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The Calgary Stampede: Rodeo of the Future

The world famous rodeo has moved into the 21st century.

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It has been an interesting year in the history of rodeo. Many changes have happened in the sport from failed deals, resignations, closures, to the dissolution of long-term partnerships. The sport of rodeo is in a unique position at this point in its history, where change is necessary, but how much and to what extent is anyones guess.

The truth is that rodeo remains one of the last honest contests in sport where passion determines success rather than a potential multi-million dollar deal. These athletes must compete to survive; they cannot sit on the sidelines and collect a paycheck. This sets our sport apart from most others and it is a noble distinction.

However, the world does change and as we move into the future we must not become complacent or turn a blind eye to how we can grow and make changes that will benefit rodeos fans and competitors.

Of all the many changes, the biggest and brightest change to hit the sport has come from Canada and will happen at the world-famous rodeo known as the Calgary Stampede.

2005 is the last year that the PRCA will sanction CPRA rodeos, and the CPRA has decided to strike out on their own. This ends a decades long agreement between two noble institutions of rodeo. Seemingly stuck in the middle was the Calgary Stampede.

Calgary has been a staple of Canadian rodeo for almost 100 years and gaining entry represents a level of achievement that every professional rodeo competitor strives to reach on both sides of the border. In deciding this delicate issue the folks in charge of the Stampede have made a decision and responded to their dilemma in an interesting and ingenious way.

Note: In March of 2006, the CPRA and PRCA reconciled and are working to reach a new deal.

The Calgary Stampede will become an invitation-only, stand-alone event; not sanctioned by either rodeo association. The end result has made the Calgary Stampede an innovative model for future rodeo events.

Changes coming to the 2006 Calgary Stampede include an increase in prize money and multiple changes to the historic rodeo itself.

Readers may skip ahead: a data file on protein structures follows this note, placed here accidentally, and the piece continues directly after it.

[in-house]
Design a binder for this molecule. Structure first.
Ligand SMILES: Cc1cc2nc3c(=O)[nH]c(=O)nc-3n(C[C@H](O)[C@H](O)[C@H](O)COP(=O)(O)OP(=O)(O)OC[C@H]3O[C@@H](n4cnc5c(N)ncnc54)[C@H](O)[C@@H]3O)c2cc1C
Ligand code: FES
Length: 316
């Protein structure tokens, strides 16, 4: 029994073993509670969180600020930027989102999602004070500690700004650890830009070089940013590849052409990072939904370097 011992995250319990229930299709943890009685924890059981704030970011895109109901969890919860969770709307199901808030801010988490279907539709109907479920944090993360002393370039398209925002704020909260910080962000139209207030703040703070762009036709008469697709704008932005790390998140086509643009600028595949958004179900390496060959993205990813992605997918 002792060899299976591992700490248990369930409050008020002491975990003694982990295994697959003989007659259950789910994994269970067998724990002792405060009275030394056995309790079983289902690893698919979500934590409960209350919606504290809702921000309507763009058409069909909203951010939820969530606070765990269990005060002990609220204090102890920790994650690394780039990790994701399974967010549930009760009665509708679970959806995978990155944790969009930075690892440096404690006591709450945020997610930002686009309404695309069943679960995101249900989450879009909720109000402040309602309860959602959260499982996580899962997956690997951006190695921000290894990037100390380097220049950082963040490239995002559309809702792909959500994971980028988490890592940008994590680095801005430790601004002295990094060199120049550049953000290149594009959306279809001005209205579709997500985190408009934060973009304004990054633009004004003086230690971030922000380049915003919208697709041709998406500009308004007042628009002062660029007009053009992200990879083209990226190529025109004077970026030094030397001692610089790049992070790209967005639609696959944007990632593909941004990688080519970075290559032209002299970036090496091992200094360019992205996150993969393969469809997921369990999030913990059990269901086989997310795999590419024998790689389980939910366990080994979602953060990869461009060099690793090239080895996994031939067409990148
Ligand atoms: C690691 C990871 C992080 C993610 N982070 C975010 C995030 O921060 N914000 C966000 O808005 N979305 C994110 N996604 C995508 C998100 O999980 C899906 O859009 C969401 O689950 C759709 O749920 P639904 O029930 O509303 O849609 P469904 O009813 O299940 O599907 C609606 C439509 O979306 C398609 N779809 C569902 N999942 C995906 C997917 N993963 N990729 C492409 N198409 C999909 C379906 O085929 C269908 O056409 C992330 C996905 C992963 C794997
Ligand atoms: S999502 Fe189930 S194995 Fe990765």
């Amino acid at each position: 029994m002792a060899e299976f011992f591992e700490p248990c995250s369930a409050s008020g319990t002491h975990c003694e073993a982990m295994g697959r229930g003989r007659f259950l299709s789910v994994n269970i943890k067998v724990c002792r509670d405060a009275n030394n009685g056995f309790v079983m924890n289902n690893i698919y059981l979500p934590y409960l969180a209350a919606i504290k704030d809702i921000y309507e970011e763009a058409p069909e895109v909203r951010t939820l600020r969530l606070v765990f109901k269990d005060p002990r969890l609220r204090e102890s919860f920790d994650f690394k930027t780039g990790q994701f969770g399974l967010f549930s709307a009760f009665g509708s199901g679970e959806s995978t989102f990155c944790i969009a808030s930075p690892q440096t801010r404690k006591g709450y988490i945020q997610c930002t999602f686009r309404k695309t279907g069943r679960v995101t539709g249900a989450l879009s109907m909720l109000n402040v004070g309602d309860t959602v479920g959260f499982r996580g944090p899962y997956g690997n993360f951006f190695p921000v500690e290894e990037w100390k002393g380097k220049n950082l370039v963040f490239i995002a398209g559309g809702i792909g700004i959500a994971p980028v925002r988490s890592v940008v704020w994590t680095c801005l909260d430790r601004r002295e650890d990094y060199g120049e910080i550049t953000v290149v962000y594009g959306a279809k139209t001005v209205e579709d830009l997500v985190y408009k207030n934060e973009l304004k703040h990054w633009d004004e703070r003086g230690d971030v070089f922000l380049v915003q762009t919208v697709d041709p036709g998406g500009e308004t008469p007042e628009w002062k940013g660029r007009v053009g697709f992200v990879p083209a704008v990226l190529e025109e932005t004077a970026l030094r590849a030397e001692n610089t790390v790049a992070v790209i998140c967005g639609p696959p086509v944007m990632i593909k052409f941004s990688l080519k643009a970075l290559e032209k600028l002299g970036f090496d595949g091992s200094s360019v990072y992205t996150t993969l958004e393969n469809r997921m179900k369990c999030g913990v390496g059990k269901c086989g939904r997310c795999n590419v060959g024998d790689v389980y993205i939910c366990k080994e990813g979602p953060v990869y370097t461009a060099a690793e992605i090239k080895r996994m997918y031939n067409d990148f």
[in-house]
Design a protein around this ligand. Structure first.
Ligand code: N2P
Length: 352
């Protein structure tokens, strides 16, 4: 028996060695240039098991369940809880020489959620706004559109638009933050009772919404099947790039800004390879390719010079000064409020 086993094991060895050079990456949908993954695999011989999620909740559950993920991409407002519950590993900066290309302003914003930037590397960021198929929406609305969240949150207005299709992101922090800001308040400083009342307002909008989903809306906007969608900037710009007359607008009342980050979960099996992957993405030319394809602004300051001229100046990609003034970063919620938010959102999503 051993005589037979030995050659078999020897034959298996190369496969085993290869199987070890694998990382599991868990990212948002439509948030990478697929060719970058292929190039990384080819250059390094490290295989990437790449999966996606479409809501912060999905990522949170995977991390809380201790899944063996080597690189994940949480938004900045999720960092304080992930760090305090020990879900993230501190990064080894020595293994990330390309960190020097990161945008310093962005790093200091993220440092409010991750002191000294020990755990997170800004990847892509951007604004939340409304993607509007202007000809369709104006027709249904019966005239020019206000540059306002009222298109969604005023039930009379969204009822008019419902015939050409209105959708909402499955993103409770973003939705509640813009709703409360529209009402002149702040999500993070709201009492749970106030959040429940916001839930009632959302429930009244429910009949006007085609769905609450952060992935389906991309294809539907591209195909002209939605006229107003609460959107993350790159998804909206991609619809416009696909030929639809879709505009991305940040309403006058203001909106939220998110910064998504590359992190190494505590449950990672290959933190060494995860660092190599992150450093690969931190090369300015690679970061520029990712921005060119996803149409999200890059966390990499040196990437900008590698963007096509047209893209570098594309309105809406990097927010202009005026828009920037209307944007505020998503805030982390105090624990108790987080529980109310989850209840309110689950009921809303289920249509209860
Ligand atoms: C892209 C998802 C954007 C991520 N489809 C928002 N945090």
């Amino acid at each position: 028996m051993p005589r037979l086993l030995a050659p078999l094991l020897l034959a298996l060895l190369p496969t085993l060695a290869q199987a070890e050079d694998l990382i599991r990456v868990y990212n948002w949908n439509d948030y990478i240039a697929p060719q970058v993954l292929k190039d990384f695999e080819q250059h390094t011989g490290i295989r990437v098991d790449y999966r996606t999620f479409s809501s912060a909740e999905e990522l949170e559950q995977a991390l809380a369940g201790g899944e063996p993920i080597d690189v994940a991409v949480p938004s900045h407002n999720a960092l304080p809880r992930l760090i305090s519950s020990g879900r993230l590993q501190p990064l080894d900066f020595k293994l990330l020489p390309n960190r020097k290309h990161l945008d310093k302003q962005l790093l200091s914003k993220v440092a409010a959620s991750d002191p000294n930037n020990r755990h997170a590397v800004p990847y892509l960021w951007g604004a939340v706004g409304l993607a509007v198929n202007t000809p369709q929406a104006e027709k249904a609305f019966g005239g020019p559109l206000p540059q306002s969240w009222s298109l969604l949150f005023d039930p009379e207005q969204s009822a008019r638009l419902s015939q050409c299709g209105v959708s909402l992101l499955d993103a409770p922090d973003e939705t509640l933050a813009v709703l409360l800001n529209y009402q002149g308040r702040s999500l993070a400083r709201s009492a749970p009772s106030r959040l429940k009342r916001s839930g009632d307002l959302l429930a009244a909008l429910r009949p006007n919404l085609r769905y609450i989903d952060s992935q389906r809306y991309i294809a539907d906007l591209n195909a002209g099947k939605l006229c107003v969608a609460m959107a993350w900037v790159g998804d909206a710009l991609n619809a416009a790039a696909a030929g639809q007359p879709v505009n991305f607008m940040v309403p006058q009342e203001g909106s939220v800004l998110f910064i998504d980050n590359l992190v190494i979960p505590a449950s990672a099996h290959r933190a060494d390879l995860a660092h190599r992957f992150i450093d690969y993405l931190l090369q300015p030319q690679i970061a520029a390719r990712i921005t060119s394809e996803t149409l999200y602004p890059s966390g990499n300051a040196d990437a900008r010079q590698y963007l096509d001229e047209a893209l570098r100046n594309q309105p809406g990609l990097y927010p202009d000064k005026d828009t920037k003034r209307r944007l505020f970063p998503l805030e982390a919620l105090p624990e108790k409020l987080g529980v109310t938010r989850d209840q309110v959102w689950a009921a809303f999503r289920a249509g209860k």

Some of the innovations of the "new" Calgary Stampede are:

  • Prize money will rise to 1.6 million dollars total and Calgary Final Showdown money will double from $50,000 to $100,000 for first (2nd earns $25,000, 3rd- $15,000, and 4th- $10,000). This makes Calgary the highest single-day earnings in all of rodeo.

  • Entries will change to invitation-only and includes six standard events; bareback, steer wrestling, tie-down, saddle bronc, barrel racing, and bull riding*. Team roping is not included which is a reason for the PRCA not sanctioning the Stampede. In 2006 team roping becomes a mandatory event at all PRCA rodeos.

  • Invitations will be sent to the top 5 contestants from the Canadian Finals Rodeo and the top 10 in the world standings from the PRCA. Five entries will be selected by committee which could include past champions or any competitor that they deem worthy of a shot at Calgary money.

    (*Bull riders will be selected from the CPRA, PRCA, and the PBR.)

  • A major change will also come in the rodeos format. The 20 invited competitors in each event will split into 2 pools of 10. Each group will be featured for 4 days of the 10 day rodeo. Each day will pay out $4,000.

  • The top 4 from each group advance to a Championship Round on Sunday and (now this is where it gets interesting) the remaining six competitors who didn't qualify move to a Wild Card Round on Saturday where the top two move on to the Championship Round as well. These rounds are sudden death and no average will be used.

    The final 10 competitors left then battle for the 4 paying spots in the Final Showdown Round on Sunday.

    A competitor could potentially make $116,000 with a sweep of all the rounds and the finals. This is huge payout!

  • This next change is something phenomenal. The Calgary Stampede will have no entry fee, will give each competitor $1,000 dollars toward travel expenses, and health insurance is covered.

    What this rodeo has done is moved the bar on what is to be expected at a major, world-class event. If these changes are truly implemented, it should meet and surpass both the competitor and fan expectations. The Calgary Stampede has moved from one of the best to THE BEST rodeo in the world.

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